Keith Ruffles is one of the lucky winners of a wilderness walk experience with Cameron McNeish, here's how he got there.
Aspring freelance outdoors writer Keith Ruffles was one of the lucky two candidates selected to spend a week in Knoydart with Cameron McNeish and cameraman Richard Else, here - in his own words - is how he won out in an X-Factor-style selection process in the Cairngorms.
Being chosen for the GORE-TEX Experience Tour is fantastic; it’s something of a cliché but it really is a dream come true. I’ve always wanted to travel to Knoydart – one of the UK’s last true wildernesses – and now I’ll be going with one of the country’s foremost experts in the guise of Cameron McNeish.
Even the name Knoydart is enough to conjure up images of lonely mountains and beautiful lochs, a place so remote that it’s only accessible by boat or on foot and where its few miles of roads don’t actually connect with the rest of the British mainland. ’d always wanted to travel to this corner of the Highlands but it’s not an easy place to reach, nor is a trip there to be taken lightly; this is one of Britain’s last true wild places and knowing the land is of the utmost importance.
But becoming one of the lucky two to accompany Cameron and award-winning cameraman Richard Else on the expedition wasn’t going to be easy, and so it proved; after being told the fantastic news that I was one of five shortlisted from around 150 applicants there was the no small matter of an assessment and interview day up in the Cairngorms.
It was hard to know what to expect, and while I felt elated to have got this far I knew that it would have been disappointing in the extreme to fall at the final hurdle. All sorts of scenarios went through my head during the long ten-hour coach trip to Aviemore the night before.
The morning of the assessment day was bathed in glorious sunshine, and at the prearranged meeting point at a local cafe I met my rivals – James, Adam, Stephen and Douglas – and the two Tour leaders, as well as two representatives from GORE-TEX. Together they would make up the judging panel and it was them that we were going to have to impress.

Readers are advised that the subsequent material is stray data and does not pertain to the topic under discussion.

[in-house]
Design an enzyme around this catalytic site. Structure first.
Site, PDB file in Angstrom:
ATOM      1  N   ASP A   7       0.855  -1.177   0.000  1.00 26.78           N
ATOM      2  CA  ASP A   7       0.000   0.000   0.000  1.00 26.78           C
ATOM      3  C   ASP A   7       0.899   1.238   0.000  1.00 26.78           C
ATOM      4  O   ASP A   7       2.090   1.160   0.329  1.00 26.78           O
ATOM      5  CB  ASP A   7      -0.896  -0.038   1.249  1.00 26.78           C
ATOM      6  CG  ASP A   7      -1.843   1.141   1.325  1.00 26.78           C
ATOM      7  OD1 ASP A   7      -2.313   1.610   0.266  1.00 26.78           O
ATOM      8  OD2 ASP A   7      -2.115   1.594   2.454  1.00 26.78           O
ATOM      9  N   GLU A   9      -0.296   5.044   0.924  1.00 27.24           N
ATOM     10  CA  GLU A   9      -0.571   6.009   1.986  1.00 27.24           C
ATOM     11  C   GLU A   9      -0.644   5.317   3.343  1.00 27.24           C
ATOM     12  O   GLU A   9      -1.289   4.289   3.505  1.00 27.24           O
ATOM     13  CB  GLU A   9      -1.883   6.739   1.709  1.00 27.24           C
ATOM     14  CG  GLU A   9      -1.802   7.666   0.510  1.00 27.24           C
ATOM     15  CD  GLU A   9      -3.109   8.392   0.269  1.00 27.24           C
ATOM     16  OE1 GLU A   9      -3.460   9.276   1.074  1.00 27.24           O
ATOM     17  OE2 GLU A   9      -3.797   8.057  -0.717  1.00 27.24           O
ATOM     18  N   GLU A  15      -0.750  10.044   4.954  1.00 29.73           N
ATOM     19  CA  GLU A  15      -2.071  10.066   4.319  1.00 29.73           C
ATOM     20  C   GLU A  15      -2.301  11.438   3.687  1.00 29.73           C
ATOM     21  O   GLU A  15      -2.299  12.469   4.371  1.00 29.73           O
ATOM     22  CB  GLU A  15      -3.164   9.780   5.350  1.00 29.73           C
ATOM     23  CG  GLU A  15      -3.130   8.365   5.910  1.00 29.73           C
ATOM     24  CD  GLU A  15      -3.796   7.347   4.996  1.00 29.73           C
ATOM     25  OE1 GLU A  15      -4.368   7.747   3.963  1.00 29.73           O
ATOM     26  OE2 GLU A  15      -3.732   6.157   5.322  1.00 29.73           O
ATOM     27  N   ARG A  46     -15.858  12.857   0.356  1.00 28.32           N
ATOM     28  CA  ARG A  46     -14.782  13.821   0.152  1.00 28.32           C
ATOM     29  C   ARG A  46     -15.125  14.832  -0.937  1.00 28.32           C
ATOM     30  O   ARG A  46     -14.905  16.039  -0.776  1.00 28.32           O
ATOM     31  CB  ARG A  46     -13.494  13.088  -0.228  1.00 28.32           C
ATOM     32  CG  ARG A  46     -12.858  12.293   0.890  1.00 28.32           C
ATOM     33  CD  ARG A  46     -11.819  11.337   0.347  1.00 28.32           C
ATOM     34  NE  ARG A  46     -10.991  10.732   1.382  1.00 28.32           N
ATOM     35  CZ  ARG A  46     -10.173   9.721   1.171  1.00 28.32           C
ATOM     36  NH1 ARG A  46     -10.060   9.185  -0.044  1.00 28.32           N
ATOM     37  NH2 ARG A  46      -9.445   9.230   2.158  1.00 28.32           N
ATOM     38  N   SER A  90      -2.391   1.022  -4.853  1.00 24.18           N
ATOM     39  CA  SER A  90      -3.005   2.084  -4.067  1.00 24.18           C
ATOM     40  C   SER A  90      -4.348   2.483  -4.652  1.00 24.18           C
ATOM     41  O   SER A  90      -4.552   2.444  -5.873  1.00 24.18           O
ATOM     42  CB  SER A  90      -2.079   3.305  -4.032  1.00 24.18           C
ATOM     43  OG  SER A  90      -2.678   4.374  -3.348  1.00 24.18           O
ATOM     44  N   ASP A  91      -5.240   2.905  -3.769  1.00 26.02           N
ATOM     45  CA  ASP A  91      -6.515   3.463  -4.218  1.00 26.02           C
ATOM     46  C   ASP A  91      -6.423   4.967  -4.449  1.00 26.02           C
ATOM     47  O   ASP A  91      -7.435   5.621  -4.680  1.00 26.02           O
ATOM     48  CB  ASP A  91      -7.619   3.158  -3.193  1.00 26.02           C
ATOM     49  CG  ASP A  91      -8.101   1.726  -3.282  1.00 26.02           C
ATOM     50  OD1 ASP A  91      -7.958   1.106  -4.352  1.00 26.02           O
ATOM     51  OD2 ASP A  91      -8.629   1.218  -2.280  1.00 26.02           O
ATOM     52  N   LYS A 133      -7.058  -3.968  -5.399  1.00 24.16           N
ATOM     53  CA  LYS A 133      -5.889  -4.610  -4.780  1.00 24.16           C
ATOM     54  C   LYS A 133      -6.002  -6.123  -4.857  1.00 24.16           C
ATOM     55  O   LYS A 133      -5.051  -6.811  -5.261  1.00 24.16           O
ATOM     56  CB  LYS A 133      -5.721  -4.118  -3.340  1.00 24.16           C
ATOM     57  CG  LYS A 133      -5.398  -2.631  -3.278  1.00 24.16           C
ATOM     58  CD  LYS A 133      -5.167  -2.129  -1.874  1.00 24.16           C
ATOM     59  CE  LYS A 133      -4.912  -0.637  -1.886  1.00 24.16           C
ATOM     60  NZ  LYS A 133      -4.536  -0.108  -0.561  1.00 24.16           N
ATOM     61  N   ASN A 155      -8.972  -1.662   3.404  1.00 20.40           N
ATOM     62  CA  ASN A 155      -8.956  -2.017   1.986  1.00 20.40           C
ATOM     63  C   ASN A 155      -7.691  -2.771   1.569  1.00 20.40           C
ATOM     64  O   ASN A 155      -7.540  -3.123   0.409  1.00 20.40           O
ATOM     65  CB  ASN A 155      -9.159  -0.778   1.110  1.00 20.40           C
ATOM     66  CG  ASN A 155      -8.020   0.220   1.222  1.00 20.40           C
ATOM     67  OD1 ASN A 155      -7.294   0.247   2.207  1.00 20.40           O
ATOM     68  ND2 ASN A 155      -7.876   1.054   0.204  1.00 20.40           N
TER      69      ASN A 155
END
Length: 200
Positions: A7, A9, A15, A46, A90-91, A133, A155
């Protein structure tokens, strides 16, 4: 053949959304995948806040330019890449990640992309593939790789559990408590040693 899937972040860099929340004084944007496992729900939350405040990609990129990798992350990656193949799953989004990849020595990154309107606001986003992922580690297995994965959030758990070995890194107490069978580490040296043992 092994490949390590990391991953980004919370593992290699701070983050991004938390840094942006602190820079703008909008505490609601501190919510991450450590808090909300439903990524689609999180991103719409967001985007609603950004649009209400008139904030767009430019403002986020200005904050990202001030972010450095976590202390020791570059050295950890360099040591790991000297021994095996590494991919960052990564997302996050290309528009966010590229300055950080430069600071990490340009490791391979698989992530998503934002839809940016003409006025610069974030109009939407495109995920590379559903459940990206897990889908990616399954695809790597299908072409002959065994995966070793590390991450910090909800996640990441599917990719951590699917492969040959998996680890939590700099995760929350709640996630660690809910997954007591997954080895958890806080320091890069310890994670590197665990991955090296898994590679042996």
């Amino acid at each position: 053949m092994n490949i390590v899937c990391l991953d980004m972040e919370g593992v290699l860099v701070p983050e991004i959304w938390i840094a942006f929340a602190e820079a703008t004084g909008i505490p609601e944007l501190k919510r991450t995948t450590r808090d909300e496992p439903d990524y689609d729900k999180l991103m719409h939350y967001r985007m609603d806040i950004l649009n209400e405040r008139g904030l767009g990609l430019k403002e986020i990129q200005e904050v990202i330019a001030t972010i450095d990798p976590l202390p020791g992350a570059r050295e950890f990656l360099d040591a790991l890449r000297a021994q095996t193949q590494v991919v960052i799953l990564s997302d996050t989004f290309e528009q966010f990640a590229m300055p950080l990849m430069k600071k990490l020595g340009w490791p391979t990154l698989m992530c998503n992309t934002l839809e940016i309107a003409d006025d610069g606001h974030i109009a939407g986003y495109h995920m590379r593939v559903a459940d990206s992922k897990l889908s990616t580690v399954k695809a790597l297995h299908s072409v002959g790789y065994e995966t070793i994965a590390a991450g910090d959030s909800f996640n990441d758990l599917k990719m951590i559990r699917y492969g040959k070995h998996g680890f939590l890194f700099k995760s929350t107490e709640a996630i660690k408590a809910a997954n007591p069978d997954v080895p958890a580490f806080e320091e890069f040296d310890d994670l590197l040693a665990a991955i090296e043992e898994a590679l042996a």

First we went for a ramble in some of the beautiful countryside that surrounds Aviemore and makes up part of the Cairngorms National Park. It was the perfect icebreaker, and I got to learn a little more about the others who were vying for a place on the expedition. All of them had come a long way to get there; some drove, one had got the train and another flew. It was clear that all of us had a genuine passion for the outdoors and that all would have a lot to give to the Tour. The judges couldn’t have picked a better final five.
It was also the perfect opportunity for Cameron to tell us something of his own outdoors philosophy. He saw that people were in danger of losing their connection to the landscapes around us, and he hoped that he would inspire a sense of belonging to the wilderness to those of us that would be accompanying him to Knoydart. His enthusiasm was infectious, and by the time it came to the individual interviews I felt that I was already appreciating the surrounding mountains in a whole new way.